By Michael Milton

October 11, 2016, 3:02 pm

 
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Cast of Slumber Photo: John Dolan

Cast of Slumber
Photo: John Dolan

“The Art of Seeing,” by Michael Milton

The creators have rendered a thoroughly enjoyable evening that is a kind of 21st century CABARET, featuring its own very devilish MC.

WAKE UP!… And then go see “SLUMBER” (Circus, Dance, Bloody Murder)!

“Wilkommen, bienvenue, welcome…” are the oft-sung opening lyrics of the Kander and Ebb musical CABARET (based on Christopher Isherwood’s BERLIN STORIES), a show which takes place in the slightly sleazy but very colorful Kit Kat Klub in 1930’s Berlin.

In Bushwick, Brooklyn, I’m reminded not only of stage images of the Kit Kat Klub but also of my much later travels to Germany’s historic city back in the late 70s, searching out roughhewn Berlin clubs in the age of techno pop to hear the likes of Thomas Dolby performing “She Blinded Me With Science.”

And if you didn’t catch seeing Berlin yourself before the wall came down, your journey to eastern Brooklyn might at least remind you (if you are of a certain age) of the East Village and Alphabet City in our own NYC in the early 80s. That was the last of the heyday of La Mama and all other sorts of experimental theatres and dance companies performing in condemned (or soon-to-be) buildings, in areas now home to hip high rise condos.

Cast of Slumber Photo: John Dolan

Cast of Slumber
Photo: John Dolan

Bushwick is reminiscent of both of the aforementioned corners of Manhattan, thirty years ago.  How long it will remain one of the last havens allowing artists to pursue their craft without paying an arm and a leg–while living near the center of the universe that is purportedly New York City–only time will tell.  Progress is what it is.  But while it still has its edge, do yourself a favor, and venture into the ‘hood while Bushwick remains… well, Bushwick… and see SLUMBER at The House of Yes.

House of Yes. Even the name is hip, right? It is advertised being “…part night club, part theatre, part brunch joint…” It is gaudy, dark, sexy and feels like a raw amalgamation of Studio 54, a Fellini set with a Jackson Pollock thrown in for good measure.

…Gorgeous bodies—male and female—doing super human gymnastics, fun dances to catchy tunes and, yes, even pole dancing.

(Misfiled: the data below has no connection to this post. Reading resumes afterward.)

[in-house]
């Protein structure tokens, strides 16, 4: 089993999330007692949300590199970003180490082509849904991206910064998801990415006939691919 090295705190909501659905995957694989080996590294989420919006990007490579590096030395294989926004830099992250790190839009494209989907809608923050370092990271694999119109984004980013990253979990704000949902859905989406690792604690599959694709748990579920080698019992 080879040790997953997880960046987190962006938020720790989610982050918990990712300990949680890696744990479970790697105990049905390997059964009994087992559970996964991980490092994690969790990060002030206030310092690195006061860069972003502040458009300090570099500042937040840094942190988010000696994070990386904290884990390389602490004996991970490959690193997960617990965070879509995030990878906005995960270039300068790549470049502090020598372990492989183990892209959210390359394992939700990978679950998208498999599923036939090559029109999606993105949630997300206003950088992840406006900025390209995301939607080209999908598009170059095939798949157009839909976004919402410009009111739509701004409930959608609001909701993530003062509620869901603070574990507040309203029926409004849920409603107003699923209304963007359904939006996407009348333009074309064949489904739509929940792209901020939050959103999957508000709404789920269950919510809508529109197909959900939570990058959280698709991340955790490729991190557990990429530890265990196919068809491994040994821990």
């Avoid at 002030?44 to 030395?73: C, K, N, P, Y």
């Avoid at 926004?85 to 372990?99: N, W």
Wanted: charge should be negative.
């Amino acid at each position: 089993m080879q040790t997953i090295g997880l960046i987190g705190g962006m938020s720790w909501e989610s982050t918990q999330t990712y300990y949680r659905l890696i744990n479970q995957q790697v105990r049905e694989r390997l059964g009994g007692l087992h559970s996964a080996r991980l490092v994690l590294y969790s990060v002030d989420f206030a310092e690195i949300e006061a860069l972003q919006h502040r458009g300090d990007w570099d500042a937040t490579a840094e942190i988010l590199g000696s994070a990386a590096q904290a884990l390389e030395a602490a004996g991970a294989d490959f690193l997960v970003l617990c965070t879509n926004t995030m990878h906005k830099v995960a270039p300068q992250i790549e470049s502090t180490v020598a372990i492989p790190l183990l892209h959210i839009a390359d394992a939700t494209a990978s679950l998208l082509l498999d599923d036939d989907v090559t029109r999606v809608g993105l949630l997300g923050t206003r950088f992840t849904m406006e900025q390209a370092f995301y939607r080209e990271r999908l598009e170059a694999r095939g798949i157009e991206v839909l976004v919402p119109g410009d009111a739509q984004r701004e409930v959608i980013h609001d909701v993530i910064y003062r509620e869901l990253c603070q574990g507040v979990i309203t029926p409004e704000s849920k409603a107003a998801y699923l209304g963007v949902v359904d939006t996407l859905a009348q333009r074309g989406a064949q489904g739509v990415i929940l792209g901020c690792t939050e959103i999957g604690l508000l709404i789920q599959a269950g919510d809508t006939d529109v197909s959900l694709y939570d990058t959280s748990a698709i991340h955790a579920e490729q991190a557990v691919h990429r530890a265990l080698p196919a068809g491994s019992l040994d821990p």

Directed and Produced by Lyndsay Magid and Josh Aviner, SLUMBER echoes its environment perfectly.  It is part circus, part dance, part morality tale, part stand up comedy– all doused in copious amounts of blood and everything is VERY up close and personal in the small theatre space. There are gorgeous bodies—male and female—doing super human gymnastics, fun dances to catchy tunes and, yes, even pole dancing. And if reading all of THAT doesn’t get you to the theatre, I don’t know what will.

The creators have rendered a thoroughly enjoyable evening that is a kind of 21st century CABARET, featuring its own very devilish MC, in the person of the highly amusing and very unstable Lee Hubilla.  Truly, there is no place to hide here.  Actors chase one another with baseballs bats down the aisles and into the johns; aerialists swing from ropes directly above our heads while a few feet behind, a gentleman wrangles ropes, ties off knots and clasps hooks to keep his actors aloft.

Actress Olga Karmansky Photo: John Dolan

Actress Olga Karmansky
Photo: John Dolan

At one point, one of Ms. Hubilla’s revenge corpses came flying directly at me; I was startled in the way we all are when an earthbound pigeon suddenly comes to life and seems to have picked our right eye ball as the perfect place to land, veering off at the last moment.

When Hubilla calls for opinions from the audience, we are not quite sure what the safe answer is, especially considering that our interrogator is holding a bloody knife.  When she asks, “Who here thinks I should get away with this?” referring to the several grisly deaths she is already responsible for, I had to think twice and knew I was, perhaps, taking my life in my own hands when I—and a very small minority of the audience—timidly voted that she should not–whatever her mad explanation might be– go unpunished.  She eyed us narrowly and who knows what she would have done had the next dance number not begun???